Bertram and His Funny Animals
“Bertram’s family…well, they’re unmistakably American and yet they have that solid blend of reality and fantasy that makes Alice a real little girl in a world of mock-turtles and talking caterpillars.…I would put the [Bertram] stories on the same shelf with such [a classic] as ‘The Wizard of Oz.’”
—Stephen Vincent Benét, American poet (1898–1943)
Little Bertram, he’s always bringing home the most extraordinary pets, usually after asking his mamma for permission first, of course. But who ever heard of cutting holes in the ceiling for a giraffe? Or running from a dangerously ticklish rhinoceros? If only Bertram would bring home a dog or a cat or even a turtle instead, he might not find himself in such predicaments. And his mamma—my, is she frazzled!
Author Paul T. Gilbert, who happened to have a son just like Bertram, first imagined these pet-ownership mishaps as bedtime stories. Bertram and His Funny Animals became a book in 1934. Now it’s back in a new edition, and this time a troublesome camel joins the original’s mischievous menagerie! Children will love Bertram’s cackle-inducing dilemmas and the sweet drawings by Minnie Rousseff, and parents will delight in tales filled with the charming foibles of childhood.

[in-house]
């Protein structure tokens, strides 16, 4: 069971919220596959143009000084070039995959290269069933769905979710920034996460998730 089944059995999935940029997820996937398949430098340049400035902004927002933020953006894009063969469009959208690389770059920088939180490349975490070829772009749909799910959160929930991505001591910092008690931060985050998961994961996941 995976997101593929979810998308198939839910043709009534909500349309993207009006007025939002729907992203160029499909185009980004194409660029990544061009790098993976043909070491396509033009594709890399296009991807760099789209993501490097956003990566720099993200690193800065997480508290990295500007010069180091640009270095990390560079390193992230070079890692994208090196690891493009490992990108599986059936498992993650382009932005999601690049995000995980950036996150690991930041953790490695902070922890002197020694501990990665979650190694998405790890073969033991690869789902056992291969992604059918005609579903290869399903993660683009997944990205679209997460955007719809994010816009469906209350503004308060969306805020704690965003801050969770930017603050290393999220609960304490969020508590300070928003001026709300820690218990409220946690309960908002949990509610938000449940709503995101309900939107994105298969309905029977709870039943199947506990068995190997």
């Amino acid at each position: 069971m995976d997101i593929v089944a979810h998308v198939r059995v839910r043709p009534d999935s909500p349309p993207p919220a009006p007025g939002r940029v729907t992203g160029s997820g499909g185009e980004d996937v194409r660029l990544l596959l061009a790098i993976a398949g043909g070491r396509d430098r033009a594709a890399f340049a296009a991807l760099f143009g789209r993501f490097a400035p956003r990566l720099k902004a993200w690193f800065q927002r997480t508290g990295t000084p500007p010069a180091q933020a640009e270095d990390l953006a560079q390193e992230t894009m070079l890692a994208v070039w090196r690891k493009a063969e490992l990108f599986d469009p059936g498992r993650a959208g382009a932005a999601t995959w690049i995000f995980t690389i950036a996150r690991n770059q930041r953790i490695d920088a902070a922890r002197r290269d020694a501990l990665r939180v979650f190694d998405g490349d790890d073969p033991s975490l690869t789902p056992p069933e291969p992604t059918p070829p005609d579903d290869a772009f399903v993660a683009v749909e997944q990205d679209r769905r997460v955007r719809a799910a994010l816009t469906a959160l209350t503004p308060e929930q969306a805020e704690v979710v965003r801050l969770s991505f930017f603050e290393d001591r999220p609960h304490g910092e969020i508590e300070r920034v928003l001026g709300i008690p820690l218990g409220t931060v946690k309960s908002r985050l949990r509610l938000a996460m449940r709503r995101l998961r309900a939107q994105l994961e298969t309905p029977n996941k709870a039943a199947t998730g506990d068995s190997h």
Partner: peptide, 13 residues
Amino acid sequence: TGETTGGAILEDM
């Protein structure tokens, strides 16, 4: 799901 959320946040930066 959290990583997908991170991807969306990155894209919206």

Assisting Bertram in his misadventures are his well-behaved little brother, Baby Sam, and friends Ginny and George. Aunt Ella and Great-Aunt Jane reliably offer their disapproval. Neighbor Mrs. Cree is appropriately nosy. Bertram’s mamma, well, she means well. And Bertram’s daddy always manages to save the day (that is, when he gets back from business in Omaha).About the AUTHOR
Paul T. Gilbert (1876–1953) was a career newspaperman, most notably for the Chicago Evening Post
, from the turn of the twentieth century until the Great Depression. For the delight of his readers during his years as a columnist and feature writer, Gilbert took on stints as a museum guard and mounted policeman, and circus acrobat, animal trainer, and clown. In the early 1930s he invented the Bertram stories, which he modeled after family and friends, including his wife, Ilse, and their two sons, Paul Jr. and Peter. Child Life
magazine published nearly seventy of the now-classic tales.